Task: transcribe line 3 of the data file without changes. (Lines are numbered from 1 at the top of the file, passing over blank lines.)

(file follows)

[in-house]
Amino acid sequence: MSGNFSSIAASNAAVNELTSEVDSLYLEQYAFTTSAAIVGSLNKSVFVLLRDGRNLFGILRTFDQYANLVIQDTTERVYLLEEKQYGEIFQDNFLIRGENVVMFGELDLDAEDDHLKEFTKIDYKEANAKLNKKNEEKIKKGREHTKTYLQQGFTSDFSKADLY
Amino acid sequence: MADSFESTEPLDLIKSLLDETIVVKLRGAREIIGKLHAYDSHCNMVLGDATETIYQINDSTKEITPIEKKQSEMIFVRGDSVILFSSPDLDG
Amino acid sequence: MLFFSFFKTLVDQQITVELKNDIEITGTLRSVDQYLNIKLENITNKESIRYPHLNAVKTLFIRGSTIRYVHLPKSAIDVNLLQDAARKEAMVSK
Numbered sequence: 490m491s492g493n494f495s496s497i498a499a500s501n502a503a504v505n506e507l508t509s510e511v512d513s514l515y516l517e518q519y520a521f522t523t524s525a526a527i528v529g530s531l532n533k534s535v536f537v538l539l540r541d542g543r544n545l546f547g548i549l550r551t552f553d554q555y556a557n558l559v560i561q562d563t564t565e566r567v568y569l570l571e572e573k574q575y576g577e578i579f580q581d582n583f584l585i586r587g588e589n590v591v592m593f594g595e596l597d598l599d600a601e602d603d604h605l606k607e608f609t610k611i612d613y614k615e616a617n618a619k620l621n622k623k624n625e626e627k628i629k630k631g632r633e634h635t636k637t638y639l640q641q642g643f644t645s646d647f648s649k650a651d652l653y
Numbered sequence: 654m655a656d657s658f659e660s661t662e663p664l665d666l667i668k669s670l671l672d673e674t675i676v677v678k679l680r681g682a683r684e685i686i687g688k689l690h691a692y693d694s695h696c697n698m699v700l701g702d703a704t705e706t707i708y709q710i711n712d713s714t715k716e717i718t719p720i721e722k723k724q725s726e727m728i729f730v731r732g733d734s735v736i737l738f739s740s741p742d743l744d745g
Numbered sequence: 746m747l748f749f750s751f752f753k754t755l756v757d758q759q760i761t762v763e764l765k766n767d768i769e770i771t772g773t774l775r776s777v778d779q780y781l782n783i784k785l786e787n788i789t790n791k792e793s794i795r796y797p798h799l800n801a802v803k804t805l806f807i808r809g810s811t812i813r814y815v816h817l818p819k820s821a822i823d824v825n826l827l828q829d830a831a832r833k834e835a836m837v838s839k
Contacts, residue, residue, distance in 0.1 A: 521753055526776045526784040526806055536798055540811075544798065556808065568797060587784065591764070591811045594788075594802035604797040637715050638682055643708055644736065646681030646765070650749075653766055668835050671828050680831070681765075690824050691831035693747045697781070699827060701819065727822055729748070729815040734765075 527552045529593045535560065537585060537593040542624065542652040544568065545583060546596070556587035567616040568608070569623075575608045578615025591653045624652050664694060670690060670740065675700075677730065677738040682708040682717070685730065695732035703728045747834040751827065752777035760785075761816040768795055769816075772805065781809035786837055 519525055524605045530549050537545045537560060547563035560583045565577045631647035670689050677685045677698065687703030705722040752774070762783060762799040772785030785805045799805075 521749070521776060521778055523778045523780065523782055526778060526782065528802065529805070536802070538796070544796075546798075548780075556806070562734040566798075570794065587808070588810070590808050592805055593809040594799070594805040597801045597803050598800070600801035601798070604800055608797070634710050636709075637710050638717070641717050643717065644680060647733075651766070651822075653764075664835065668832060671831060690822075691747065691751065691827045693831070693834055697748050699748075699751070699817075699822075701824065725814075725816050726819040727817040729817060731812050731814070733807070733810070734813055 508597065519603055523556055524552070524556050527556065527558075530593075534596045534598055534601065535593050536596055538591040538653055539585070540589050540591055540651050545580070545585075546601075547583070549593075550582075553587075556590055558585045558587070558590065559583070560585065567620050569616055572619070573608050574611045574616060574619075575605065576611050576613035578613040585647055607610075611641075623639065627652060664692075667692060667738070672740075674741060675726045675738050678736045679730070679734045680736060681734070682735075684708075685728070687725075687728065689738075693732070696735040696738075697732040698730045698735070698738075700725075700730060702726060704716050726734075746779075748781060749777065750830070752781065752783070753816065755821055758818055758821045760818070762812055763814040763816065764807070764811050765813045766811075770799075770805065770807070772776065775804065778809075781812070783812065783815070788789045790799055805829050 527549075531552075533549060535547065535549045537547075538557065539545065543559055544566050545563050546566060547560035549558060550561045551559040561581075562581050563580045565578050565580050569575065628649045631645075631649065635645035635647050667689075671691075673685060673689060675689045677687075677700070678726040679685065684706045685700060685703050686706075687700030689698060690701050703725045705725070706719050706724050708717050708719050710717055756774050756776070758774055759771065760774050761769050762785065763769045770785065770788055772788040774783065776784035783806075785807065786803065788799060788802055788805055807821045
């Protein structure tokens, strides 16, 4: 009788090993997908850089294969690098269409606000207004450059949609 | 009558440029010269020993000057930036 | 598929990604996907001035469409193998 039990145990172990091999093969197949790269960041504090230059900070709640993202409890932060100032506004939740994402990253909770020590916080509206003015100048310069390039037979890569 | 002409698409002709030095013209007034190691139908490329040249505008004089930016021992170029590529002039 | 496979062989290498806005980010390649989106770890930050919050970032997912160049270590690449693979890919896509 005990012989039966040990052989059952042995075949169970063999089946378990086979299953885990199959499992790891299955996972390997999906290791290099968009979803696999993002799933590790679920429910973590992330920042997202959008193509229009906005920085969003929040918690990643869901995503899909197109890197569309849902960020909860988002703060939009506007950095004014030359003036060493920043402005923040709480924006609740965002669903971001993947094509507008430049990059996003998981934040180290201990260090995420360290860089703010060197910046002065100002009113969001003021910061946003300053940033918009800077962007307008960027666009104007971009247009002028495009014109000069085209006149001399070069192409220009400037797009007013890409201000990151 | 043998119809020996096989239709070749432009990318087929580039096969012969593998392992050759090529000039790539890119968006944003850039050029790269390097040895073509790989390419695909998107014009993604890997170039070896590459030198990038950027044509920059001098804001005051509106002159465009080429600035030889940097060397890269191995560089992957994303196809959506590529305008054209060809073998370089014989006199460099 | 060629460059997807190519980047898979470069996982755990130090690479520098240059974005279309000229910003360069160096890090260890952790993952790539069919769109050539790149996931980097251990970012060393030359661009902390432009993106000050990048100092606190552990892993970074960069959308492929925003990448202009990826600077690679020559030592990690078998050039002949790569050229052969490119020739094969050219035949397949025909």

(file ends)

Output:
Amino acid sequence: MADSFESTEPLDLIKSLLDETIVVKLRGAREIIGKLHAYDSHCNMVLGDATETIYQINDSTKEITPIEKKQSEMIFVRGDSVILFSSPDLDG